The critics of Trump see more than just a demagogue: they see a major historical crisis that will reach its apogee after the US election. This the unravelling of the international institutions of the liberal international order built by the US and its allies during the Cold War on the basis of shared democratic values of diverse national communities. The supporters of Trump claim to see a defender of the “real America”, a country populated by “real Americans” upholding a pre-Civil war “originalist” US Constitution that disenfranchised all but white male property owners. The fundamental issue is the seeming American abandonment of the egalitarian universalist political and cultural values that since 1945 have been the foundation of US policy toward Europe, toward the Asia-Pacific region and the rest of the world. Why would Europeans – or any other population- trust Americans to be reliable allies if Americans don’t trust each other to uphold common values of democracy, rule-of-law norms, fair elections and equal treatment of all citizens regardless of ethnic, racial, gender and other identities?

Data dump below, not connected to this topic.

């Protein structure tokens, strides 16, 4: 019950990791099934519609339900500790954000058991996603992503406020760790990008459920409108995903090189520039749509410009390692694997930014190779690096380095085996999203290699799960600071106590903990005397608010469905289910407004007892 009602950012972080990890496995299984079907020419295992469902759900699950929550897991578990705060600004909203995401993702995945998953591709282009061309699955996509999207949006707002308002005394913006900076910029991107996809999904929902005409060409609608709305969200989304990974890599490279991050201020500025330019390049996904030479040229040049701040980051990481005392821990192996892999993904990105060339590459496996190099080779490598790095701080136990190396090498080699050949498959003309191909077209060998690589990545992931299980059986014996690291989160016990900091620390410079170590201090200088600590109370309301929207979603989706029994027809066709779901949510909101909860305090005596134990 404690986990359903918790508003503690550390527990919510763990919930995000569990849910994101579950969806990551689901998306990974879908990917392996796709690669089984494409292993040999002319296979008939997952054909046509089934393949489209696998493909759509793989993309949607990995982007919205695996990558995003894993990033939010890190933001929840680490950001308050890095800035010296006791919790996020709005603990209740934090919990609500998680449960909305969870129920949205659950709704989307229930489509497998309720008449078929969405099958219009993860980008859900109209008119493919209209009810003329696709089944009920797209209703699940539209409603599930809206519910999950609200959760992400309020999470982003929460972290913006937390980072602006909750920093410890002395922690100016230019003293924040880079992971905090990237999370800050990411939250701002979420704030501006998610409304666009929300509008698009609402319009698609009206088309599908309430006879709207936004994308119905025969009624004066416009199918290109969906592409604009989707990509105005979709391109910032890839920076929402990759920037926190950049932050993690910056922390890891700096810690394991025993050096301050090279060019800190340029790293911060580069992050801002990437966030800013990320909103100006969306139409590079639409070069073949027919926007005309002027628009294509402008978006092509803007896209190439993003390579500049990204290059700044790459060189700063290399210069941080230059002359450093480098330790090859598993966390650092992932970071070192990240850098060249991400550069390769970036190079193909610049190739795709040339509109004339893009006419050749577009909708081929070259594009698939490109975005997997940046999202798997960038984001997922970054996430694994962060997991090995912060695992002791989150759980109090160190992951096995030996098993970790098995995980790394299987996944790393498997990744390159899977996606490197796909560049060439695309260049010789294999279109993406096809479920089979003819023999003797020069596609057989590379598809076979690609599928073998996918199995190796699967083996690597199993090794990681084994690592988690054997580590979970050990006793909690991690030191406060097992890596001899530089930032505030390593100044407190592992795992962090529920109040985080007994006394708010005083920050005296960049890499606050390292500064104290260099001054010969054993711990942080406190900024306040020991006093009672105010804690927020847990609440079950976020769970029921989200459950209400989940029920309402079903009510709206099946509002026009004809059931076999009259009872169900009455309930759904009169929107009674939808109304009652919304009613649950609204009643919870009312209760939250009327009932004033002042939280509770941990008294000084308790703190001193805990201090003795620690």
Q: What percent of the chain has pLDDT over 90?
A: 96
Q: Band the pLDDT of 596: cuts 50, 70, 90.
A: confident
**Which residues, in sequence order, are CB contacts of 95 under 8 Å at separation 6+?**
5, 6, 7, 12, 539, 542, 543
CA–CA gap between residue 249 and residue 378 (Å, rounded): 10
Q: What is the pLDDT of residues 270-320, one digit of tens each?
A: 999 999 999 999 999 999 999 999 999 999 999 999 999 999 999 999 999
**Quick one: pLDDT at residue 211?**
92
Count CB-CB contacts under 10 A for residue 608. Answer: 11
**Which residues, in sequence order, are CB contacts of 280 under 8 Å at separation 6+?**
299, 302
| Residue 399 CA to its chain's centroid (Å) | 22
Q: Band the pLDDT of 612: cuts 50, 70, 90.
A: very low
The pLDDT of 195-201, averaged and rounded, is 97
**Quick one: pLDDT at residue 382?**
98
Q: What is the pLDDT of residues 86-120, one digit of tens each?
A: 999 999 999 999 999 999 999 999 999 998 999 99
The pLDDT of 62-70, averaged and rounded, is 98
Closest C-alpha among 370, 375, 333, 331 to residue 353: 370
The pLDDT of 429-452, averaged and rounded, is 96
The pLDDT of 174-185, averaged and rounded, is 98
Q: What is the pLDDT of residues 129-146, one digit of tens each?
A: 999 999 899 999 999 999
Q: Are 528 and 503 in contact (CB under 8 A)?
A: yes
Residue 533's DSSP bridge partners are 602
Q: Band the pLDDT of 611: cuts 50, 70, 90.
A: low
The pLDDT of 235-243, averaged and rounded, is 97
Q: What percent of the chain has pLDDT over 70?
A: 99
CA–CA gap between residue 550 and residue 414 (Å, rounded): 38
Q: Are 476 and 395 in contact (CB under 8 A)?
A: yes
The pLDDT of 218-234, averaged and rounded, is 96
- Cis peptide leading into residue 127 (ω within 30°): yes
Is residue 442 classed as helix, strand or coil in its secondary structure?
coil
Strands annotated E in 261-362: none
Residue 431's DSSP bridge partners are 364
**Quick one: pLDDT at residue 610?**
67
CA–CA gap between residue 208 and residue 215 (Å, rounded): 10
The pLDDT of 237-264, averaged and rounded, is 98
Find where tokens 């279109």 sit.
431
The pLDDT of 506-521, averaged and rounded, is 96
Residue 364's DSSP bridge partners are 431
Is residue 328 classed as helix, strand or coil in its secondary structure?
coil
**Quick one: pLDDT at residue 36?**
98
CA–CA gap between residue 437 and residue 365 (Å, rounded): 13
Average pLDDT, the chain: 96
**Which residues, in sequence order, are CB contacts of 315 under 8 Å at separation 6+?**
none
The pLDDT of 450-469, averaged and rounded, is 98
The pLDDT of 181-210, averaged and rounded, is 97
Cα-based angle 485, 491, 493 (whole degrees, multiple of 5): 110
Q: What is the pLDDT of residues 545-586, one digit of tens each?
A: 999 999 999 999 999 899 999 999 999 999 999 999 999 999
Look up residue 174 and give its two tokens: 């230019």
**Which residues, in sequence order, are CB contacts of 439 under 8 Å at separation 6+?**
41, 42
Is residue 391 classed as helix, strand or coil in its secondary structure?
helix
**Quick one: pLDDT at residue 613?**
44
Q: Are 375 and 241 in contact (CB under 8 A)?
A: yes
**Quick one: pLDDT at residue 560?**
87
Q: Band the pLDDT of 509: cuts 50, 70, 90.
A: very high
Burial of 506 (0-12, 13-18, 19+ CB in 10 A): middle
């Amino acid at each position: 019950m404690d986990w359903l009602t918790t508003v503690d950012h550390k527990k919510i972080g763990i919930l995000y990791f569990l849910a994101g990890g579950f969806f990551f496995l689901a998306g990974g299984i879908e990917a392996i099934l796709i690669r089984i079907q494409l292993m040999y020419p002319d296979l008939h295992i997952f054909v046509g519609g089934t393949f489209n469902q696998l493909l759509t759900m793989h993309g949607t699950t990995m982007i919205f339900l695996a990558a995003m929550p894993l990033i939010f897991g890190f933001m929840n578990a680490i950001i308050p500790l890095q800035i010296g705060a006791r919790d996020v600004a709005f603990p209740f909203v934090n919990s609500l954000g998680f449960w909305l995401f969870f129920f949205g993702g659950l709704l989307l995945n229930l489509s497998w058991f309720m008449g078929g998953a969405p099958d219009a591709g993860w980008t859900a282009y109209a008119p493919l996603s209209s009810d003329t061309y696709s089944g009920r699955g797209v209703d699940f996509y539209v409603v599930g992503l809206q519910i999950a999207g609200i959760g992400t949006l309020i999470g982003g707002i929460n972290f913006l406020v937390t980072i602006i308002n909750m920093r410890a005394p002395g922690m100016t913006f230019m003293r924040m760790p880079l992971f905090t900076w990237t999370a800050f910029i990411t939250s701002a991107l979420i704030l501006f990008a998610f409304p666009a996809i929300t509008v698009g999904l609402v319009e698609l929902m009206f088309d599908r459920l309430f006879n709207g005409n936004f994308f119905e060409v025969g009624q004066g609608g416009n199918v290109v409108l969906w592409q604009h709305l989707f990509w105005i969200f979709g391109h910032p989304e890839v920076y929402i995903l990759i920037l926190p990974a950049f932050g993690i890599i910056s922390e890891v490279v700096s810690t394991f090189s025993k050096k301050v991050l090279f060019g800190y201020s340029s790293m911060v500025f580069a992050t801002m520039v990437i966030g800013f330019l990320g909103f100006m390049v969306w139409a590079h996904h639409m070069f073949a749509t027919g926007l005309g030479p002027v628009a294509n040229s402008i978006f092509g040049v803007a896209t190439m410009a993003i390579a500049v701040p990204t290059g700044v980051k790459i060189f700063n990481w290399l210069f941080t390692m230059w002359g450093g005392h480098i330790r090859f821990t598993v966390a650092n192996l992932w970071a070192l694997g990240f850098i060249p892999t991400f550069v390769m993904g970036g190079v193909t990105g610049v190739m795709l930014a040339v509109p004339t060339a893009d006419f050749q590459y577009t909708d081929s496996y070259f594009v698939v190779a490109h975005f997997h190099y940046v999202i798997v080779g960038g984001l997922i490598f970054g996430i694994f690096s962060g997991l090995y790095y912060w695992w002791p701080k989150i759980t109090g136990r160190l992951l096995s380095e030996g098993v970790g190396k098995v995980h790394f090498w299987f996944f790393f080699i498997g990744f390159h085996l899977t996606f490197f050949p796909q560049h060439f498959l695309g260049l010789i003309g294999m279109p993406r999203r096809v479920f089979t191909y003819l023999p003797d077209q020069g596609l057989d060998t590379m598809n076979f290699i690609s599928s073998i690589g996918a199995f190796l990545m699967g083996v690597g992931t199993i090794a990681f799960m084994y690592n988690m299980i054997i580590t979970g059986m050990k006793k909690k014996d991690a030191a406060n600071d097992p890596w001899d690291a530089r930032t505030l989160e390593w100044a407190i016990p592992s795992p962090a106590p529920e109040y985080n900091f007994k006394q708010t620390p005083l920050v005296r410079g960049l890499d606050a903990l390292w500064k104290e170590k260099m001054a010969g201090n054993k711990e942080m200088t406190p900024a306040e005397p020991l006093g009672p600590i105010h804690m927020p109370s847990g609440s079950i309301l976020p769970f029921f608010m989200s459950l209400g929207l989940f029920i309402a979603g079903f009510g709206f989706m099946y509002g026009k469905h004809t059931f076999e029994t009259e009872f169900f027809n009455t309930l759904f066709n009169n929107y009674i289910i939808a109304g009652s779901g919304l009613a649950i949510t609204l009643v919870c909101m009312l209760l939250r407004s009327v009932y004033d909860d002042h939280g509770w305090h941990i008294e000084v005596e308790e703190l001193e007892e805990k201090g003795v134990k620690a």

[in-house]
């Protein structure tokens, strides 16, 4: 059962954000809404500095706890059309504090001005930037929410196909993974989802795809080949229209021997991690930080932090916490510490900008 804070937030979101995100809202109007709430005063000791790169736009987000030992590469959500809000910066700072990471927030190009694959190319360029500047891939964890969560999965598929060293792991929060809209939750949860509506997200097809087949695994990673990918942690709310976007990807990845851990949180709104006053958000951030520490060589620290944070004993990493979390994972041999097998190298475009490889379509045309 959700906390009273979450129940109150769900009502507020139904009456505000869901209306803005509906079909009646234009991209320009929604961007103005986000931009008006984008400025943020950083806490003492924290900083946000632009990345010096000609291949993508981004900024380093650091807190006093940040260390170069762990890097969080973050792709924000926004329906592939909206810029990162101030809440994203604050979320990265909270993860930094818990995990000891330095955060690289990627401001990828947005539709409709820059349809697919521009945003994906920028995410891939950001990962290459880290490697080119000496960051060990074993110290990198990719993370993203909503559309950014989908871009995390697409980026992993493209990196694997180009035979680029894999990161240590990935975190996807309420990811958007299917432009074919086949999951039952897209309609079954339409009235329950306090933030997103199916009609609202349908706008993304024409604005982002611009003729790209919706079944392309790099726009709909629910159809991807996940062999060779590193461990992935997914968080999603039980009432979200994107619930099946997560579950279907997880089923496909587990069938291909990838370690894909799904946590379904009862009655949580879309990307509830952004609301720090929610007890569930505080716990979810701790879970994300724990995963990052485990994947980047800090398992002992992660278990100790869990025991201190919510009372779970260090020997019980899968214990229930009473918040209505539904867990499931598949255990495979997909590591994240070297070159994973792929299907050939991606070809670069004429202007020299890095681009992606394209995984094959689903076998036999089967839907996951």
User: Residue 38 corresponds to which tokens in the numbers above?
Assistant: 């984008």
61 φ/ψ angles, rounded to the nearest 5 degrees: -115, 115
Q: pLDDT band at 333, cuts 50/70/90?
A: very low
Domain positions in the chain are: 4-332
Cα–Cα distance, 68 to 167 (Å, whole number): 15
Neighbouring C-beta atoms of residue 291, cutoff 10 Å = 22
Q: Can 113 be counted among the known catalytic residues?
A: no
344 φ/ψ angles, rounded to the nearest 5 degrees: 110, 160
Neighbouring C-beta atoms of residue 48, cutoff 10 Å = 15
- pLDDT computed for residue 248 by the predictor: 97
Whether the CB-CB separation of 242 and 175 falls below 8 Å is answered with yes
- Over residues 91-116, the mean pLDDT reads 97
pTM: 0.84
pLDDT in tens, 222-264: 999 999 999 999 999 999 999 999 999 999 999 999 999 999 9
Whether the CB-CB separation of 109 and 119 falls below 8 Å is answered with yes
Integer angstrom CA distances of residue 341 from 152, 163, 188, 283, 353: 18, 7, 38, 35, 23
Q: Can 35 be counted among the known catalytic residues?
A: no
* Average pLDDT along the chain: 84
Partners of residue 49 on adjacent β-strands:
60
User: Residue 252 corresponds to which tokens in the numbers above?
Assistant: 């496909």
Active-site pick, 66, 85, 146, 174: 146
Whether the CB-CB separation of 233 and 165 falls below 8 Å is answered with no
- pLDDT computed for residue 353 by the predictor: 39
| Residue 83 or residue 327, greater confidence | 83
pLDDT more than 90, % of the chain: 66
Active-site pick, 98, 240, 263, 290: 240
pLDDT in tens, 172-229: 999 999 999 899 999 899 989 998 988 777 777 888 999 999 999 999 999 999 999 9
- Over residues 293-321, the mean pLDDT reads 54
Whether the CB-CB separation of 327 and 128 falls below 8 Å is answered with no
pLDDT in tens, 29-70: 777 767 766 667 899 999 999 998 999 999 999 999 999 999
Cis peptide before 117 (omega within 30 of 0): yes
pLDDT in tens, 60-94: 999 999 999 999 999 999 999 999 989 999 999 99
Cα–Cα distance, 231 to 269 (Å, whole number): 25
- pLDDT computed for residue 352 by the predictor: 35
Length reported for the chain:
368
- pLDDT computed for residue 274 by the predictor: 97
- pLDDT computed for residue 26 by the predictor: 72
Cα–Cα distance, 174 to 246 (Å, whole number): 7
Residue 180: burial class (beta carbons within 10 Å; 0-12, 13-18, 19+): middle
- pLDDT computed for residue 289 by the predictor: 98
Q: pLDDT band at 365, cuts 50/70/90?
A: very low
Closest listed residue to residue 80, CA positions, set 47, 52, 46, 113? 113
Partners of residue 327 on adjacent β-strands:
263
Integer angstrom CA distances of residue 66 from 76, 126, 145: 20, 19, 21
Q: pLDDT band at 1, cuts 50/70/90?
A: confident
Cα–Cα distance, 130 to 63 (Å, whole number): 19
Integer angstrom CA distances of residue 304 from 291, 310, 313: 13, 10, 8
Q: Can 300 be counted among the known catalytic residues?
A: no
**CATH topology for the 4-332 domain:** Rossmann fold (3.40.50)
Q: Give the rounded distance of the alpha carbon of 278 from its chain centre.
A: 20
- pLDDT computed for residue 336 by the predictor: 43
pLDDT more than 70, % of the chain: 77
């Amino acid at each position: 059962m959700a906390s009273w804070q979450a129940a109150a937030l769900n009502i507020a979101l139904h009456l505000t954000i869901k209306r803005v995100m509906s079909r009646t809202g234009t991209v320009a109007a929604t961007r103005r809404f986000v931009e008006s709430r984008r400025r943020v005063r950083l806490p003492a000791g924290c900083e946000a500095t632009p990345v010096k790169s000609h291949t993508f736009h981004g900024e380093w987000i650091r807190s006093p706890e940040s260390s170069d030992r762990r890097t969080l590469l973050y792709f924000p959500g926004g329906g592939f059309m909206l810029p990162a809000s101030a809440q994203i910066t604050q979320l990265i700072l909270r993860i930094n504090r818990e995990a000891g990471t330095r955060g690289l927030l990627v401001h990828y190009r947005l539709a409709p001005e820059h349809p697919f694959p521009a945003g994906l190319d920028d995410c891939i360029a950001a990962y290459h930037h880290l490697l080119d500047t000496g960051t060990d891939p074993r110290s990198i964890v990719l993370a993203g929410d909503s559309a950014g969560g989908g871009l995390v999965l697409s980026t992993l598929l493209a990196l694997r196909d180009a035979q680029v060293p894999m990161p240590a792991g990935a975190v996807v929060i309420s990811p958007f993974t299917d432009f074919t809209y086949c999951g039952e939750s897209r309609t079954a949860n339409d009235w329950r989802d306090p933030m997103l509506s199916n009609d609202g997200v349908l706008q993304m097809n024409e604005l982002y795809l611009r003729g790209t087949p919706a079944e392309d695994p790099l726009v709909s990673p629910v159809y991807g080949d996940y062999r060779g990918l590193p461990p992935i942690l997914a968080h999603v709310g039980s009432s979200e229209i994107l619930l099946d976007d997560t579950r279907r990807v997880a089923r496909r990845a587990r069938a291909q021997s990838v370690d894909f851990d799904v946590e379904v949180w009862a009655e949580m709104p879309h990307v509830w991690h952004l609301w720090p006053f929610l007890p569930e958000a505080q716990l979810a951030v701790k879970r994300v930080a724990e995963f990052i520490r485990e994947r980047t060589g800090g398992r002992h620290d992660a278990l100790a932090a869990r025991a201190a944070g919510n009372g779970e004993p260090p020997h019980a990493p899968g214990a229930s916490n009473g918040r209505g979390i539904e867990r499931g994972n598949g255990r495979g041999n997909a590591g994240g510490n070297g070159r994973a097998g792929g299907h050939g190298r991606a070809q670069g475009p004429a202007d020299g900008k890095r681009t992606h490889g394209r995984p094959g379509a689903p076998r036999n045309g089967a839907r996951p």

If these dire predictions are accurate about the reversion of American society to exclusionary political values of earlier centuries, the first international institution to crumble may be the North Atlantic Treaty Organization, an organization that Trump denounces regularly and has promised to leave. The Trump trajectory has been opposed by the key members of the early Trump Administration: Secretary of Defense General (ret) James Mattis, National Security Advisor General H. R. McMaster, the next national Security Advisor, John Bolton, Secretary of State Rex Tillerson and many other high-level officials who have left the Trump Administration either voluntarily or been dismissed. In addition, many retired senior military and diplomatic officials have signed public statements denouncing Trump’s approach to American allies and affirming NATO as the bedrock for US- European cooperation.